Serves 14 In Brazil, this sweet French toast is served as a Christmas dessert or an afternoon snack. For Denise Browning of Easy and Delish, Christmastime meant enjoying these sumptuous custardy treats at her grandma’s house. The dish is made differently than its American cousin to give it a much sweeter, crunchier outside.
24 slices stale French baguette, ¾" thick (about 1½ baguettes)
2 cups whole milk
1 tablespoon pure vanilla
½ to ¾ cup granulated sugar 4 large eggs, lightly beaten and homogeneous Vegetable oil for frying
½ cup sugar
1 tablespoon ground cinnamon Honey or maple syrup for
1. Line a large baking sheet with a double layer of paper towels. Set aside.
2. Divide bread slices between two large, shallow baking dishes, arranging them in one single layer each.
3. In a jar or pitcher, mix well the milk, vanilla and sugar. Pour the milk mixture over the bread slices, distributing the liquid evenly over all the slices. Let the bread slices soak for about 20 minutes, allowing them to absorb as much of the milk mixture as possible.
4. In a large heavy skillet, heat about 2" of vegetable oil over medium-high heat until the oil is hot enough that it sizzles.
5. By hand, pick up each one of the milk-soaked bread slices (handling them gently) and dip into the beaten eggs, coating both sides and allowing the excess to drip back into the egg bowl. Place the bread into the hot oil, and fry until wellbrowned on one side, about 1 to 1½ minutes. Flip the bread and cook until both sides are golden brown. Carefully transfer rabanada to the sheet lined with paper towels.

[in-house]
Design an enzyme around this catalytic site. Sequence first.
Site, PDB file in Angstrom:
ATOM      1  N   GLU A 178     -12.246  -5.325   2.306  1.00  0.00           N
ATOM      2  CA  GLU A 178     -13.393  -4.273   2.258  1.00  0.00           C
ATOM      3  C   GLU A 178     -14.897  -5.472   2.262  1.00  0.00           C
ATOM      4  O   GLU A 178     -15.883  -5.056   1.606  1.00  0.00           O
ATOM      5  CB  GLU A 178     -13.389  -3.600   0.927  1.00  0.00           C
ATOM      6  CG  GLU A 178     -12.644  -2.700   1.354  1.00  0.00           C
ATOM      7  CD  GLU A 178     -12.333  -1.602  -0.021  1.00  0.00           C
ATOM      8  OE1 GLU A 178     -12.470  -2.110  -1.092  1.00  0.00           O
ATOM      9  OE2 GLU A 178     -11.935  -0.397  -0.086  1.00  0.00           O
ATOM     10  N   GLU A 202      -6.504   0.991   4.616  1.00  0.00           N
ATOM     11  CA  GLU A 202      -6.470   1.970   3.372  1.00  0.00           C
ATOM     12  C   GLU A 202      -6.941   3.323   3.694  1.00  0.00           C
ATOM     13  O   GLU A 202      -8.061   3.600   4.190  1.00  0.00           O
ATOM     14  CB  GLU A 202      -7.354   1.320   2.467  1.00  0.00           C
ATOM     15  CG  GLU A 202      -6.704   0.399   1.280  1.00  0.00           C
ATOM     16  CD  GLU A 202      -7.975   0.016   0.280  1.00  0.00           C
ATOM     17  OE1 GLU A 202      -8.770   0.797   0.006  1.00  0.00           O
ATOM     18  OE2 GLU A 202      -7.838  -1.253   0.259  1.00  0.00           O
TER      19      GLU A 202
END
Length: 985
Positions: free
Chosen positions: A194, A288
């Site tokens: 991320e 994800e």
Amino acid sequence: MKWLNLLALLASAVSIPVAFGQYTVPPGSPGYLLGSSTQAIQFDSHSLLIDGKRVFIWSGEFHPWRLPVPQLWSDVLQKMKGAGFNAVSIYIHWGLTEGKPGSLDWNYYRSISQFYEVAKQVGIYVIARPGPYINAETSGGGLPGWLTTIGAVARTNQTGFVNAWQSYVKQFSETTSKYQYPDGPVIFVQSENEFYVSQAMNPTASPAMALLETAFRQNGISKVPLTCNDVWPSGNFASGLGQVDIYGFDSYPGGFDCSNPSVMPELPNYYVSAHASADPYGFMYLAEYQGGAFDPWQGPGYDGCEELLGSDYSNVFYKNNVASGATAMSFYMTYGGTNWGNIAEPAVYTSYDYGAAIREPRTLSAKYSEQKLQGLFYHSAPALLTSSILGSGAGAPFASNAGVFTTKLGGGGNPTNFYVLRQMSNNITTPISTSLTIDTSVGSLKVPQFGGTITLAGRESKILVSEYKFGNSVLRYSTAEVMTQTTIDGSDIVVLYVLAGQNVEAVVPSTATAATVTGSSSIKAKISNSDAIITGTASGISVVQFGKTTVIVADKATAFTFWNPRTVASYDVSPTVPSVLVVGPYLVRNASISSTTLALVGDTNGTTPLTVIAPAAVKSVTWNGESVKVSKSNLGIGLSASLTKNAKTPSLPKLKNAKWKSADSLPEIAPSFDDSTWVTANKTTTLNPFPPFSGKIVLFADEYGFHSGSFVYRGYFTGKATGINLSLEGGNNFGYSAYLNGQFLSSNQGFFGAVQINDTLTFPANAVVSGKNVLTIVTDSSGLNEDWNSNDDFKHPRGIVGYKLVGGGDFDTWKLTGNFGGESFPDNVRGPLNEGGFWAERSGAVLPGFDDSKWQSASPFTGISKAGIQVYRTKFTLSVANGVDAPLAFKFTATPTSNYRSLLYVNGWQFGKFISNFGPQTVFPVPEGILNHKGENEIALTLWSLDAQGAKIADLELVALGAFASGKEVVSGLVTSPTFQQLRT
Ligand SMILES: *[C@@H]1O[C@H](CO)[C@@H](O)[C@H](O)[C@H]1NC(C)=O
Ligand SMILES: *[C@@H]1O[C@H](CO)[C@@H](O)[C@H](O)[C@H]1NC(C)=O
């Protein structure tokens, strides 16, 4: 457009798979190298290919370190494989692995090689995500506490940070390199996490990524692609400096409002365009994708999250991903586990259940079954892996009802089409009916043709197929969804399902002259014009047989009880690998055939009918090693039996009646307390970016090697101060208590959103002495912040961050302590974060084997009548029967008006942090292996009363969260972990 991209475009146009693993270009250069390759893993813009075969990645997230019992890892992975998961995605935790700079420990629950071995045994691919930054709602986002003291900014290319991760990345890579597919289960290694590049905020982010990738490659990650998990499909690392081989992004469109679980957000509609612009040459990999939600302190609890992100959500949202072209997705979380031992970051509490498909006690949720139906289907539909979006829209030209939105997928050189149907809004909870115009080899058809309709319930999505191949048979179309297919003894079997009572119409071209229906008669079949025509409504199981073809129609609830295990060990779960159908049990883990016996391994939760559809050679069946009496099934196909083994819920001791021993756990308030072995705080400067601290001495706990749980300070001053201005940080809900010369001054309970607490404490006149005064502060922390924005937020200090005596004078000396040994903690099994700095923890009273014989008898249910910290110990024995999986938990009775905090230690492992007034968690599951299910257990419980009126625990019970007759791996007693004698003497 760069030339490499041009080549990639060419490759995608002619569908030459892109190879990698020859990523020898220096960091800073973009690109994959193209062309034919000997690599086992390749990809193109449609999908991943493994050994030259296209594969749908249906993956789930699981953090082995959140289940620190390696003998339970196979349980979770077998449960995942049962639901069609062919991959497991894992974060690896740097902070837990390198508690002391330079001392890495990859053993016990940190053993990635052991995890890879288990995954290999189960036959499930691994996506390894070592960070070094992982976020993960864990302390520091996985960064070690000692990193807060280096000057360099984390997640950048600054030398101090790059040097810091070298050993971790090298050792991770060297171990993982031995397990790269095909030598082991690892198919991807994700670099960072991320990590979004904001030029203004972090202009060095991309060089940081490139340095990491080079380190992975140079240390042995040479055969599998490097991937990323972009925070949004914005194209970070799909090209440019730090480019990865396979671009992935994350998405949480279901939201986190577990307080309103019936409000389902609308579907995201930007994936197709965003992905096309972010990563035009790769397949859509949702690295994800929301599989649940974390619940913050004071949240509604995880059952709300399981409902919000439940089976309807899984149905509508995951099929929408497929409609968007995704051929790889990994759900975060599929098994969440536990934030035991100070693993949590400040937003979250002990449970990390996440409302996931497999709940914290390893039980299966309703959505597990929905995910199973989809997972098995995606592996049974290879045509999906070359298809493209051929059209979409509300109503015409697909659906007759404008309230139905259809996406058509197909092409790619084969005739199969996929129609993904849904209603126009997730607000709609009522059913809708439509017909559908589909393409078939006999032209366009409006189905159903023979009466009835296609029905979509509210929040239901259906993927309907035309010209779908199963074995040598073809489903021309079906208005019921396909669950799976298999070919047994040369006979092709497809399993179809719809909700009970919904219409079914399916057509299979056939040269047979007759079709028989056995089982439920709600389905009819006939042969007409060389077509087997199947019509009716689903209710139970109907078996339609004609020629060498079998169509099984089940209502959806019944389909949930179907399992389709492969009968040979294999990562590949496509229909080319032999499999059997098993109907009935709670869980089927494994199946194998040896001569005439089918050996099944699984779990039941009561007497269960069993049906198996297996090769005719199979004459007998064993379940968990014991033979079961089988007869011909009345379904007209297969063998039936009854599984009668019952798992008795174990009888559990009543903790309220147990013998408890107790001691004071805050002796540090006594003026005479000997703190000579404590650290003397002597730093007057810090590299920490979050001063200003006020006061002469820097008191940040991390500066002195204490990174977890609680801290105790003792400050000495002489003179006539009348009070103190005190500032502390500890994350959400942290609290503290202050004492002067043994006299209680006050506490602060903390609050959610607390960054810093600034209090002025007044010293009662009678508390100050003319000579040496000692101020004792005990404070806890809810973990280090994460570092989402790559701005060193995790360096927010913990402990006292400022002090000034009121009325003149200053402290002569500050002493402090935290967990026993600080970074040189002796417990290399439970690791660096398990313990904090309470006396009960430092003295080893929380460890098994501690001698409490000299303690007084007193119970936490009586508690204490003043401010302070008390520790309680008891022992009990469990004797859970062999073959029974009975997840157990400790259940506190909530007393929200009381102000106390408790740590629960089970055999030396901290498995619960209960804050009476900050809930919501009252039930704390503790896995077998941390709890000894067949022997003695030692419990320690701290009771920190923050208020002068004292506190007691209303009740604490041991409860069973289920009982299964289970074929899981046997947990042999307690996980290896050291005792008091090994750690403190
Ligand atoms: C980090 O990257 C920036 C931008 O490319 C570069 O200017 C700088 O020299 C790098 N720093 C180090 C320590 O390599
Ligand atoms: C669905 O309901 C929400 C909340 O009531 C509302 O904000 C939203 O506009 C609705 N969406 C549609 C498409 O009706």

6. Repeat with the remaining slices of bread, frying several simultaneously if the skillet is large enough. Be sure to work in batches and do not overcrowd the pan. You may have to lower the heat for remaining batches or cook slices in less time since the temperature will be higher.
7. In a medium bowl, mix sugar and cinnamon together. Dredge all sides of the bread slices into the mixture. Any excess cooked egg threads can be removed before dredging bread slices into the sugar-cinnamon mixture.
8. Serve warm or at room temperature, by itself or with honey or maple syrup. Top with berries if preferred.
In the early 20th century, rabanada was very common in the taverns of Madrid, where it was served with jugs of wine.